By: Sumayya Saleh
On Sunday, April 10, the Islamic Society of New Tampa hosted a free legal clinic offered by CAIR Florida (CAIR-FL). At the clinic, CAIR-FL’s legal team gave a basic overview of the services the civil rights organizations offers while addressing the specific needs and interests of attendees.
According to CAIR-FL Civil Rights Director Thania Clevenger, bullying and discrimination in schools is one of the largest issues facing Florida’s Muslim-American community today. Unfortunately, though, students and families are not doing enough to report such incidents, making it more difficult for the organization to work to remedy the systemic problem. While CAIR-FL is working proactively to educate schools in the state on the needs of Muslim students, Clevenger stressed the importance of the Muslim community making CAIR-FL aware of bullying incidents so that the organization can have a more holistic understanding of the situation.
Civil Rights Staff Attorney Katherine Heffner discussed the issues of employment discrimination and requesting religious accommodations in the workplace. Her presentation was beneficial not only to employees who may not have been aware of the proper steps to take to address workplace discrimination, but also to small business owners in the community who need to ensure they don’t run afoul of the law.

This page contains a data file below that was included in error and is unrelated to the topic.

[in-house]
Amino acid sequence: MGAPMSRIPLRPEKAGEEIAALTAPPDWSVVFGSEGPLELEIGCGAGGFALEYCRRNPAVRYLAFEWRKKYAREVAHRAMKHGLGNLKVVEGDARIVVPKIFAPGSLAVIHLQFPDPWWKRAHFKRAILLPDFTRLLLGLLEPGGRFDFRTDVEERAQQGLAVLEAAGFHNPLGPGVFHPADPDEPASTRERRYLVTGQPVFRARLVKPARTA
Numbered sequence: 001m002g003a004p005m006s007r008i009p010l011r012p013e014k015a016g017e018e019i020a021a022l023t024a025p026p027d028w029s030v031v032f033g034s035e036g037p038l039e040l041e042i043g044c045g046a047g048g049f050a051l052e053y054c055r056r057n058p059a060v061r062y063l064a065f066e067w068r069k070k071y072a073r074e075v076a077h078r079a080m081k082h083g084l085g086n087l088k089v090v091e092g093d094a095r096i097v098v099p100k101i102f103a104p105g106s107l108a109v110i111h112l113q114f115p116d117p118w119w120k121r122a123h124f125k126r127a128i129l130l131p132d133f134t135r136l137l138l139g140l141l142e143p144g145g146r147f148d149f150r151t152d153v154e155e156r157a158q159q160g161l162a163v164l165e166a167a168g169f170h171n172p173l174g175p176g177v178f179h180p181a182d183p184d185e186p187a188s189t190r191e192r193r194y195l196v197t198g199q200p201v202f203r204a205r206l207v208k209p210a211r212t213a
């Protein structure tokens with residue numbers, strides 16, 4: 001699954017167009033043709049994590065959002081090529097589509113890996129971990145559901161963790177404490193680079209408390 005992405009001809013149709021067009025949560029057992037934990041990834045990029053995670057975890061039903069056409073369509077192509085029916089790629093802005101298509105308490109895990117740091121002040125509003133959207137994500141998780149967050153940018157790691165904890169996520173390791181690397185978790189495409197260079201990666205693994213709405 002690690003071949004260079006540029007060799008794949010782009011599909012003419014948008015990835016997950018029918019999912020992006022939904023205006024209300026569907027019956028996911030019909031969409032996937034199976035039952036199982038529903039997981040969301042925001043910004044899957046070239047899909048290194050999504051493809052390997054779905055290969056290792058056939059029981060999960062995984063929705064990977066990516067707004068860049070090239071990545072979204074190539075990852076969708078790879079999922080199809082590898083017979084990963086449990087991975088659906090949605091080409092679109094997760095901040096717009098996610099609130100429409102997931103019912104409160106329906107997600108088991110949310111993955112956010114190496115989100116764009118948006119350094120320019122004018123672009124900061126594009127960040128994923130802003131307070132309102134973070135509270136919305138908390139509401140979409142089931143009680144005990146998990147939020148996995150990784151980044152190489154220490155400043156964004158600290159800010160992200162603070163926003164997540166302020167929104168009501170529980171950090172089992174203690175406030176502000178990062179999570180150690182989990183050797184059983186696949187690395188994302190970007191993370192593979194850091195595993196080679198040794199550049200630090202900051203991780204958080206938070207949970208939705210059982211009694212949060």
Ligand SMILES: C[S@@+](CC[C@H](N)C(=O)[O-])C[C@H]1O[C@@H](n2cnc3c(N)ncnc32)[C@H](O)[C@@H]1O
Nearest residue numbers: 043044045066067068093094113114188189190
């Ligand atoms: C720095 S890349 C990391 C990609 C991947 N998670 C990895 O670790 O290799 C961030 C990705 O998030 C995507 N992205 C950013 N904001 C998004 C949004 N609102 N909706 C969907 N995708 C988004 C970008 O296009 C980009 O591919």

The relatively small audience size allowed for a roundtable discussion between CAIR-FL staff and members of the community. Several attendees had questions about travel issues. After explaining what an individual’s rights are and are not when travelling into and within the United States, Clevenger asked community members to report any travel difficulties they have to CAIR-FL so that the legal team can file complaints with the appropriate federal agencies.
Majda Rahmanovic, events and outreach director, and Maryam Saleh, immigration legal assistant, also offered a few words of advice to Muslim women who may feel uncomfortable when passing through airport security. For example, they mentioned that Muslim women have the right to request that a pat down be conducted by a female officer or in a private room.
During the last segment of the legal clinic, Immigration Attorney Floyd Huntz gave an overview of the immigration services that CAIR-FL offers. He also explained some of the challenges within the American immigration system, such as extreme delays in processing asylum and other applications. Huntz was proud to share that one of CAIR-FL’s clients recently became a naturalized U.S. citizen after a twelve-year delay and in response to a federal lawsuit the organization filed on his behalf.
Overall, the audience appeared to have benefited from the clinic. In fact, several community members followed up with CAIR-FL staff in private conversations to discuss specific issues they face.